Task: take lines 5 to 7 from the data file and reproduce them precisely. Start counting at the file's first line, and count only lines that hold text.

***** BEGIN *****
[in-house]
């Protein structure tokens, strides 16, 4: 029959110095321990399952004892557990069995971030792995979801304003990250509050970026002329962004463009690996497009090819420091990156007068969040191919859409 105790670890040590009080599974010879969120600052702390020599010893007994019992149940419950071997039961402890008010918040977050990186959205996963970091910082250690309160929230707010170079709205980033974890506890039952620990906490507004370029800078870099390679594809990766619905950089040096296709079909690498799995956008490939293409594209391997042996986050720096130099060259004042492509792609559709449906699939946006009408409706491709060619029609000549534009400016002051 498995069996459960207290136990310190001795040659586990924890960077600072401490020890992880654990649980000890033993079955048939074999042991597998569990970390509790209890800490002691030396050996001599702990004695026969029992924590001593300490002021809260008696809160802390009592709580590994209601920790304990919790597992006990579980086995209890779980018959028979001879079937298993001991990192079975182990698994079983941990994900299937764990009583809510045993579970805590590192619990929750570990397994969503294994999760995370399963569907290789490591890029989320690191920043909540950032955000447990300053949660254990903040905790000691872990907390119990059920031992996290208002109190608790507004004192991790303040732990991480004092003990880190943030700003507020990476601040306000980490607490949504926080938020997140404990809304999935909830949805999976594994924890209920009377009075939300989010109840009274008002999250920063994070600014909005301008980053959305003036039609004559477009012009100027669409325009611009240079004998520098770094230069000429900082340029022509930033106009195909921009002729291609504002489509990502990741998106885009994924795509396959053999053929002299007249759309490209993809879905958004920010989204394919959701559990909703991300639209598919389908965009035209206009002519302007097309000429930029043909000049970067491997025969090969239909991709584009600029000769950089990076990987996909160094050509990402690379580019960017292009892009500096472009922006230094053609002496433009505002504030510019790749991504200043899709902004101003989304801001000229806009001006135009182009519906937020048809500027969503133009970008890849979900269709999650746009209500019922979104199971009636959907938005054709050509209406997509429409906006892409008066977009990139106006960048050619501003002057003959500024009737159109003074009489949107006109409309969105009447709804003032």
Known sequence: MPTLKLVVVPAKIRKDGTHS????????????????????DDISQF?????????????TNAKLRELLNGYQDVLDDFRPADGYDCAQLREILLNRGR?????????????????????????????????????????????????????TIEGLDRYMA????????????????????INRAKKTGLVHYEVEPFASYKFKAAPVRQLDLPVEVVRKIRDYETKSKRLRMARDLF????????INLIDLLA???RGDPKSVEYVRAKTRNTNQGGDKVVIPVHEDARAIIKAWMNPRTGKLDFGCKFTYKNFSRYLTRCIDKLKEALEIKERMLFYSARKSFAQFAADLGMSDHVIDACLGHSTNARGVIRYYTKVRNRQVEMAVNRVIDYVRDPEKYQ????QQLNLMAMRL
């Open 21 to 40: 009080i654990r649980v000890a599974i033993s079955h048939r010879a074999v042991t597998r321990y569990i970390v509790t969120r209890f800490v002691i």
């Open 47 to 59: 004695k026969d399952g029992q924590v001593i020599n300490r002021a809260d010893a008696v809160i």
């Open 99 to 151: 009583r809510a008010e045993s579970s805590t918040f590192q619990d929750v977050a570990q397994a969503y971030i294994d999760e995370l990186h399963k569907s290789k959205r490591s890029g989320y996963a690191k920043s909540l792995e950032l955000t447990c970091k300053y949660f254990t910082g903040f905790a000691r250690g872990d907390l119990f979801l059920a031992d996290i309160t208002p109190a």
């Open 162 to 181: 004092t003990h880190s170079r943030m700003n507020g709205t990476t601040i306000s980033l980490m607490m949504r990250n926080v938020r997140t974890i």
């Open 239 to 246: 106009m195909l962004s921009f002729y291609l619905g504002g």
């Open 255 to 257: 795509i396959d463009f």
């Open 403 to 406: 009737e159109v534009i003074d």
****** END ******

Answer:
């Open 47 to 59: 004695k026969d399952g029992q924590v001593i020599n300490r002021a809260d010893a008696v809160i």
């Open 99 to 151: 009583r809510a008010e045993s579970s805590t918040f590192q619990d929750v977050a570990q397994a969503y971030i294994d999760e995370l990186h399963k569907s290789k959205r490591s890029g989320y996963a690191k920043s909540l792995e950032l955000t447990c970091k300053y949660f254990t910082g903040f905790a000691r250690g872990d907390l119990f979801l059920a031992d996290i309160t208002p109190a």
């Open 162 to 181: 004092t003990h880190s170079r943030m700003n507020g709205t990476t601040i306000s980033l980490m607490m949504r990250n926080v938020r997140t974890i």